Oddsmaker with suspicions filed report on Toledo

This story has been corrected. Read below for details

TOLEDO, Ohio -- A Las Vegas oddsmaker said Monday night that he alerted Nevada gambling authorities and the NCAA last summer about unusually large amounts of money being wagered on University of Toledo football games.

On Friday, the U.S. Attorney's Office accused 22-year-old senior UT running back Harvey "Scooter" McDougle Jr. of taking bribes from a gambler in Sterling Heights, Mich., to alter the result of football games and recruiting teammates and members of Toledo's basketball team to do likewise.

The oddsmaker, Kenny White, chief operating officer of Las Vegas Sports Consultants, said that beginning in the 2004 season he and his associates noticed that there was heavy betting on certain Toledo football games and those of another Mid-American Conference team he declined to name.

"But then it stopped and it was just Toledo," he said.

The unusual betting pattern continued into the 2005 season, according to White. As his suspicions grew, he watched tape of all of Toledo's football games in 2004 and 2005.

"We really couldn't pinpoint a single player or coach or official," he said. "But we knew something was happening there."

White said he filed verbal reports with the Nevada Gaming Commission and the NCAA last summer; he did not mention basketball games. [White clarified an earlier statement that authorities were alerted in the fall of 2005.]

FBI agents first uncovered a connection between the Sterling Heights gambler, whom they identify as "Gary," and UT athletes in November 2005, according to an affidavit submitted in support of a criminal complaint against McDougle. Neither McDougle nor the alleged Michigan gambler could be reached.

When FBI agents questioned McDougle on Dec. 14, 2006, he told them Gary offered an unnamed UT player as much as $10,000 to sit out a game or number of games but did not say whether the player did so, according to the affidavit.

White declined to reveal the games he believes were affected by the alleged scheme, but he believes the bettors profited largely.

"If they were giving a kid $10,000 to sit a game out, they probably were betting at least $100,000," he said. "I bet you if we tracked the roots, it wasn't one guy. Probably 100 people were in on this knowing what the right side was going to be in those games."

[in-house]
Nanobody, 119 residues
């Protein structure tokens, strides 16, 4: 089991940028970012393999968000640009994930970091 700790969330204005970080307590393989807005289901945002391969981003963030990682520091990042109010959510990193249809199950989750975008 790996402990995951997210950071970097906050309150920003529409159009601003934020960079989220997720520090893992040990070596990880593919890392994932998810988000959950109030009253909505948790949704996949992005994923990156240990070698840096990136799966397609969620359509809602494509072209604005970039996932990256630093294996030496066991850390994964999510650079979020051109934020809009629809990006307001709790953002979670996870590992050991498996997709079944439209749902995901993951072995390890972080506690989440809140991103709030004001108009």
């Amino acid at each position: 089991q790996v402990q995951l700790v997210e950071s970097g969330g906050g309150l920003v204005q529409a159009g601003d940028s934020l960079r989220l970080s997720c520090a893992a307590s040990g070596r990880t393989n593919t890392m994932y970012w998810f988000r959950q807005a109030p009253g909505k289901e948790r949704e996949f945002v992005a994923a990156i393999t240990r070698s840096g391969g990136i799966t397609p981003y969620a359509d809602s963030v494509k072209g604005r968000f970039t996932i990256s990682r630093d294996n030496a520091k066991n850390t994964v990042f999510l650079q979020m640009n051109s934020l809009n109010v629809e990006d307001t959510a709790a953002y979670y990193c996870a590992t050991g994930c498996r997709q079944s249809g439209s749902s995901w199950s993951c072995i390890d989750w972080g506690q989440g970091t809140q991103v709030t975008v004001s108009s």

White said the bettors would not have wagered all their money in one place.

"They have to spread them out. I'm sure they used offshore industries and they use Nevada because they know they're going to get paid," he said.

White said the alleged UT scheme is different from other point-shaving schemes, such as scandals in the 1990s involving basketball programs at Northwestern University and Arizona State University, in that one person appeared to be involved only as a recruiter of other players.

But in another way, the scandals are similar.

"Guys are trying to get to these players, and they tell them, 'Hey, you don't have to lose the game. You just don't have to cover the spread.' That seems to be the one common theme. And they talk [the players] into doing these crazy things," White said. "It's pretty big any time a point-shaving scheme happens. We're just glad the FBI found the information they needed and are headed in the right direction."

George J. Tanber is a contributor to ESPN.com. He can be reached at george.tanber@iscg.net.

The timeframe of when the NCAA learned of unusually large amounts of money being wagered on University of Toledo football games was incorrect due to inaccurate information provided by a source. The source originally said the timeframe was 18 months ago, but later changed it to last summer. Also, the story indicated that Kenny White, the chief operating officer of Las Vegas Sports Consultants, filed a report with the Nevada Gaming Commission and NCAA. He issued a verbal report.